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  • Sep 15, 2014
  • Updated: 10:47am
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Jetstar Hong Kong hopes Shun Tak deal will secure licence

PUBLISHED : Friday, 07 June, 2013, 12:00am
UPDATED : Friday, 07 June, 2013, 3:46am

Jetstar Hong Kong's long wait to receive an operating licence may be coming to an end after the start-up took Stanley Ho's Shun Tak conglomerate aboard as an investor.

The low-cost carrier (LCC) joint venture between China Eastern Airlines and Qantas' Jetstar Group is now more confident that with a local shareholder the government will recognise it as a Hong Kong-designated carrier and give it a licence.

When the two carriers set up the joint venture in March 2012 they were so determined they would receive their licence without getting a Hong Kong investor on board that they had planned to be in service this month with three aircraft. But an application for the operating licence from the Air Transport Licensing Authority was delayed unexpectedly by more than six months. The venture's confidence was replaced by uncertainty which made Jetstar Hong Kong more eager to get a local investor on board.

According to the Basic Law, the definition of a Hong Kong-designated carrier is ambiguously defined as "having a principal place of business" in the city. From an operational perspective, it means the firm's board is in Hong Kong and independent to its parent.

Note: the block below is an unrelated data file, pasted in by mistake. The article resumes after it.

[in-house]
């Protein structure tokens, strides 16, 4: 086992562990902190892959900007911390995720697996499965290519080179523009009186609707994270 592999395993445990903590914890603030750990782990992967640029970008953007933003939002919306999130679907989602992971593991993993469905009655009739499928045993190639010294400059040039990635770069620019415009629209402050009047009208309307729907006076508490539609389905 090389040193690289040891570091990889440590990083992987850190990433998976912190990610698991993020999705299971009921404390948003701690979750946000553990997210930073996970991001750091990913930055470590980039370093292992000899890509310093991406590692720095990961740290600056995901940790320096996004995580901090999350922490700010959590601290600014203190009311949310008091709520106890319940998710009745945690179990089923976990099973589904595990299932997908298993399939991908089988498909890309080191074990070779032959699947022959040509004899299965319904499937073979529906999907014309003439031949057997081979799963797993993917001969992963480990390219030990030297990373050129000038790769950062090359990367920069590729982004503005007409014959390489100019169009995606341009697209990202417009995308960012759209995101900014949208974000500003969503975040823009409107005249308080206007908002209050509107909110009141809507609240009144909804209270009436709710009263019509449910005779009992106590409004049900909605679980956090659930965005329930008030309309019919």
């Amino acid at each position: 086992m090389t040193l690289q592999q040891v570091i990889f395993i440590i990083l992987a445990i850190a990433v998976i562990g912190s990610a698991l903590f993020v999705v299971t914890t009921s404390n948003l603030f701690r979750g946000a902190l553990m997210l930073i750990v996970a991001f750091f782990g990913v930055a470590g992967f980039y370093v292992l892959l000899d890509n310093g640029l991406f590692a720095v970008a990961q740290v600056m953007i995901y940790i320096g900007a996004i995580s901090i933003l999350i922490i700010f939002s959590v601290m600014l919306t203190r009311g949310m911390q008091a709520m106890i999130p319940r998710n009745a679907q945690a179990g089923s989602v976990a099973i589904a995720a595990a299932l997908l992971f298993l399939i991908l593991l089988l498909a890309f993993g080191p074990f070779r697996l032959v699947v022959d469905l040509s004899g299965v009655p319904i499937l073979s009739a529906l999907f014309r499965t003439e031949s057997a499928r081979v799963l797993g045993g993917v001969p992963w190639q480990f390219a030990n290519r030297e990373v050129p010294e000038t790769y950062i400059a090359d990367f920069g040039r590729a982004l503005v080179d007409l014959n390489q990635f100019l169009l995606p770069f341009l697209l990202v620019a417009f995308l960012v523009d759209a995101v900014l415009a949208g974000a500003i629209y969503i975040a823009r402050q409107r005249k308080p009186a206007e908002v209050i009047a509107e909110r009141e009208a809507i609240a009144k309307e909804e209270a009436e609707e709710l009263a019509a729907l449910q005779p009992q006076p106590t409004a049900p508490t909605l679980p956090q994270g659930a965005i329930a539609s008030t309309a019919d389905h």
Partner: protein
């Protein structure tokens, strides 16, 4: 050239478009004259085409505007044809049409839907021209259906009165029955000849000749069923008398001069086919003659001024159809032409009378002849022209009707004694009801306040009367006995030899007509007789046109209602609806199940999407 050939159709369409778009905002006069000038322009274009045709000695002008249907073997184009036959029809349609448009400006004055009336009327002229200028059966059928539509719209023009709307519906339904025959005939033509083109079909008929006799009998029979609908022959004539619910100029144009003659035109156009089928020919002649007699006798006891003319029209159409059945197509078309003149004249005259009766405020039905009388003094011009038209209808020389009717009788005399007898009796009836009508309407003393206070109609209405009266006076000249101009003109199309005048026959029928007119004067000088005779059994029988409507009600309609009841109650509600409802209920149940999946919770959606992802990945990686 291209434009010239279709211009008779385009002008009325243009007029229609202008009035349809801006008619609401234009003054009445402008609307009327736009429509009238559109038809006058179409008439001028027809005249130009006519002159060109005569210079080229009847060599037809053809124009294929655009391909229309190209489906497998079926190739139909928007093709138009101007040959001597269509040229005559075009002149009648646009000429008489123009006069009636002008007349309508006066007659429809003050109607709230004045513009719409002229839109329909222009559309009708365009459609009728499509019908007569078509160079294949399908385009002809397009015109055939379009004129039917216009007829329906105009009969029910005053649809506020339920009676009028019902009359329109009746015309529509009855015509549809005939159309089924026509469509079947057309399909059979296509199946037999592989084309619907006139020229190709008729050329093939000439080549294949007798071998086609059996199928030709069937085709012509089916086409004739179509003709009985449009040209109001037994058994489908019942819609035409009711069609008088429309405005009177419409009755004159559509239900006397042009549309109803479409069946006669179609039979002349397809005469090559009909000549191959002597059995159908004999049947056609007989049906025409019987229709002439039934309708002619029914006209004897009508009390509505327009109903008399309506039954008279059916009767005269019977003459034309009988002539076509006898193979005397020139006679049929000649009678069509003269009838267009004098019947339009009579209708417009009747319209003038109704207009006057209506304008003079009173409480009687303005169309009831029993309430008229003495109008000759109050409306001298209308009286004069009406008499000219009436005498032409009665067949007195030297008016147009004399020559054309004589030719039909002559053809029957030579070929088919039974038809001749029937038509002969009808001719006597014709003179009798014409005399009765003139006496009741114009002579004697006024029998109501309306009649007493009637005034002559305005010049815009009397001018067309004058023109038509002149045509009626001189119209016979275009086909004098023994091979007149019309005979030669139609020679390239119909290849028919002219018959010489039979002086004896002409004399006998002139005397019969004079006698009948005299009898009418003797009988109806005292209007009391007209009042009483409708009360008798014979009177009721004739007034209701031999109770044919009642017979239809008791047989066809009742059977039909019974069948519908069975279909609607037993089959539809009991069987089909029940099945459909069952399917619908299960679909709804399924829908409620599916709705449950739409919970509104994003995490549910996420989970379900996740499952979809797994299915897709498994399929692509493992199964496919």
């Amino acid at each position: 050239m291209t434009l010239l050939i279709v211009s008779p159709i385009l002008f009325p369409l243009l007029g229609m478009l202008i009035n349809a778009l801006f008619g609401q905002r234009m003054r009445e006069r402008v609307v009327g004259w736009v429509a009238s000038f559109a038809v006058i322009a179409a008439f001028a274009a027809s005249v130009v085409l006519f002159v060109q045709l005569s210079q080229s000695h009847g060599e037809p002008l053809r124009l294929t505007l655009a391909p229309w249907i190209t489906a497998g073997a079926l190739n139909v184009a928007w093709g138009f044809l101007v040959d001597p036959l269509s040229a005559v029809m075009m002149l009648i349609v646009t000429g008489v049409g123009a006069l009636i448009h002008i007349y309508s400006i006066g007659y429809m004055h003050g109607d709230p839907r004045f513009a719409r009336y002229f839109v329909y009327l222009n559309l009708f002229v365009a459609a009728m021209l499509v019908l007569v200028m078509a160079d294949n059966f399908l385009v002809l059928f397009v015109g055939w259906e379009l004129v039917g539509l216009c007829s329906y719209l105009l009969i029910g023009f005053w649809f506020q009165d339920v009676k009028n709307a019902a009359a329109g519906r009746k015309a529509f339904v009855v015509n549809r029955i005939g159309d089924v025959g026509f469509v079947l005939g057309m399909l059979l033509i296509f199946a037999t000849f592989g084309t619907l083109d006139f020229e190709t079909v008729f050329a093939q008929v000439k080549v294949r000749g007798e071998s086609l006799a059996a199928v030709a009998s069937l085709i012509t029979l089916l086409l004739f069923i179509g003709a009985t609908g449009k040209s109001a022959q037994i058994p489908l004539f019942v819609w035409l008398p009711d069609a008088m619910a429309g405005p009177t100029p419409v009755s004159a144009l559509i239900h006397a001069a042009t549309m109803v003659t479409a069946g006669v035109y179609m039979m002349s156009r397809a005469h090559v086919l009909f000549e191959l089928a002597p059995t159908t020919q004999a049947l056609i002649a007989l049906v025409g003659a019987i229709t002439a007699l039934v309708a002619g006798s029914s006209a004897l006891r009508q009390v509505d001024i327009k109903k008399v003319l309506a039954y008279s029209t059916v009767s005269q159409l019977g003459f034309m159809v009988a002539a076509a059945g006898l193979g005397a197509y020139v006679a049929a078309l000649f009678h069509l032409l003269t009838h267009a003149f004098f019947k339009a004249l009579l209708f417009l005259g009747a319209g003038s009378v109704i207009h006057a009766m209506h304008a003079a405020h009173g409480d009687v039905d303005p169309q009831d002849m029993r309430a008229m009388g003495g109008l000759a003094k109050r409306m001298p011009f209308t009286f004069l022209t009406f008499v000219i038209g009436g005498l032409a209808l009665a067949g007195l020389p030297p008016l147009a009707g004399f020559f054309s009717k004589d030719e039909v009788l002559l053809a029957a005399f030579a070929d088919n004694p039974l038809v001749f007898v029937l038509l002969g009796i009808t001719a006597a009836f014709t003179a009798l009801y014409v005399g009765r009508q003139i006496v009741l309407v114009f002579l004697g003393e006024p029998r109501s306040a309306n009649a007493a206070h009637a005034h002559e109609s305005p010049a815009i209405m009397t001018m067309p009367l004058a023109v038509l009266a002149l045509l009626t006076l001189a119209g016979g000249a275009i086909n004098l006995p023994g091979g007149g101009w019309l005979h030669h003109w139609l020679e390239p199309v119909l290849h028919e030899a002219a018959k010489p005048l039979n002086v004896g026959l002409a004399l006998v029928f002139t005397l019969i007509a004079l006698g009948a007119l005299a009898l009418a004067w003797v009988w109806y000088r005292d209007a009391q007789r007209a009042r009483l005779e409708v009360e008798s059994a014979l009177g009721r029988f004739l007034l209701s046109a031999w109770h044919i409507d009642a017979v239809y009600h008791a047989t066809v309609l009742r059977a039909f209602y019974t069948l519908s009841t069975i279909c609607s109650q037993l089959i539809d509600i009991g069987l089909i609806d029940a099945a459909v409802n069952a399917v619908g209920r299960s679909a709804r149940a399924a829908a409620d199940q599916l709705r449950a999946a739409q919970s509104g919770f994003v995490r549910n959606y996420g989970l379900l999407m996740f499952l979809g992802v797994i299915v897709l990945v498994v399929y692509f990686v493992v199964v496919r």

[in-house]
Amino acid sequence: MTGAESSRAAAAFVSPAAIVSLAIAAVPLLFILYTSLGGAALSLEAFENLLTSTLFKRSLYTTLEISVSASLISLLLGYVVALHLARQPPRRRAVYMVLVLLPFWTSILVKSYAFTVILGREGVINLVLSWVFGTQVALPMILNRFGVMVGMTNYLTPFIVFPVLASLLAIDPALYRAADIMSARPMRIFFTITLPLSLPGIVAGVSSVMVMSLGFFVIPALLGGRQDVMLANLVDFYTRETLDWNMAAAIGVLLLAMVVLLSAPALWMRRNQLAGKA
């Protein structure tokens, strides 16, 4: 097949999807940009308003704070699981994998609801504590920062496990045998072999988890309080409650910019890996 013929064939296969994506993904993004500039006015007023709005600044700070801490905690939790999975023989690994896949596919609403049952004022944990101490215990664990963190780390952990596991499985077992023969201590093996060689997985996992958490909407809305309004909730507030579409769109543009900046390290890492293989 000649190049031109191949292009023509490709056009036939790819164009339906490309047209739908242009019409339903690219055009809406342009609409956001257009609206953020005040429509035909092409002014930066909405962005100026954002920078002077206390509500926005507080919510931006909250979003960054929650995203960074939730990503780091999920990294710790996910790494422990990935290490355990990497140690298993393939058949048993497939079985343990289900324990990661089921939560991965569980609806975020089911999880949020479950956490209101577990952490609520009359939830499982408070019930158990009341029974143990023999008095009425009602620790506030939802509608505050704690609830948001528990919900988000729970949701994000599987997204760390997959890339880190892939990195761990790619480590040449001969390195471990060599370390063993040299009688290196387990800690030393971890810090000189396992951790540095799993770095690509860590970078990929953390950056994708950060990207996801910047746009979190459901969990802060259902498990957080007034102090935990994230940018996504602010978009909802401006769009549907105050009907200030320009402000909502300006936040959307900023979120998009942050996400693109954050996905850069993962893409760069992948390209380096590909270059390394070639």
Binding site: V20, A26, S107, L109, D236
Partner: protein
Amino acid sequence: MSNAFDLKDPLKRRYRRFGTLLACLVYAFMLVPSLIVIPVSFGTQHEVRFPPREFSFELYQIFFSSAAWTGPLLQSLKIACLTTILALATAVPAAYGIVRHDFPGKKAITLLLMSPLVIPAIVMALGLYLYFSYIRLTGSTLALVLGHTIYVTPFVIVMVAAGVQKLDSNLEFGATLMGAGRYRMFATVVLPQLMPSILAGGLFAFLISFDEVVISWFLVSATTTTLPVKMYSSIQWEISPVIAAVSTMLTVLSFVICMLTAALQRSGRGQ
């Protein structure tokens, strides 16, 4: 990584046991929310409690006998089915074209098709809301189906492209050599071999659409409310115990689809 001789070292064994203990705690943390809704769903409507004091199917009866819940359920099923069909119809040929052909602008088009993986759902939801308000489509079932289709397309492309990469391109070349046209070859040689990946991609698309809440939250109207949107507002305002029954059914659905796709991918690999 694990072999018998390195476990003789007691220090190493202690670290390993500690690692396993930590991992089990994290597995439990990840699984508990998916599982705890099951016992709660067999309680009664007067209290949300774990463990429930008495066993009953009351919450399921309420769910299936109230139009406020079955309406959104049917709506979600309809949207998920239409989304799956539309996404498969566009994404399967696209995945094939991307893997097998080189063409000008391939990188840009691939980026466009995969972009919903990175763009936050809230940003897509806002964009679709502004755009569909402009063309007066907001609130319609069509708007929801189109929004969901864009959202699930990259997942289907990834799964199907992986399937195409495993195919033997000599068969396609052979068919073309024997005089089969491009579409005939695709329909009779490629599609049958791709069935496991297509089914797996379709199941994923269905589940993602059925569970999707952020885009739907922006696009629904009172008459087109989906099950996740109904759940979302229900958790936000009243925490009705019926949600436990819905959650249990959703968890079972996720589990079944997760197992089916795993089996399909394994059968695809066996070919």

In practice, officials said this means the applicant had to have a local investor. They referred to the shareholding structure of Cathay Pacific Airways, which has Swire Pacific and Air China as its major shareholders, said a source from Jetstar Hong Kong.

Over the past six months, Jetstar Hong Kong has been in talks with several local investors.

Hong Kong is one of a few Asian cities which has no home-grown budget carrier. Hong Kong Oasis Airlines went bust in 2009 because of a flawed business model, high jet fuel prices and disputes between shareholders. Since then, Hong Kong has fallen behind in the LCC market while other budget carriers in markets such as Singapore, Malaysia, Indonesia, Philippines, South Korea and Japan have flourished.

Cathay meanwhile has repeatedly said that the Hong Kong market is already very competitive and they welcomed competition from low-cost carriers which have flown into the city from many Asian cities including Singapore, Bangkok, Shanghai, Osaka and Busan.

But Jetstar Hong Kong poses a very different threat from other LCCs. Jetstar's major shareholder China Eastern has a comprehensive network on the mainland and could feed many mainland passengers to the new airline. Transiting passengers from the mainland could help Jetstar Hong Kong and make it a rival to Cathay, even though Cathay also relies heavily on mainland transit passengers from its subsidiary Dragonair.

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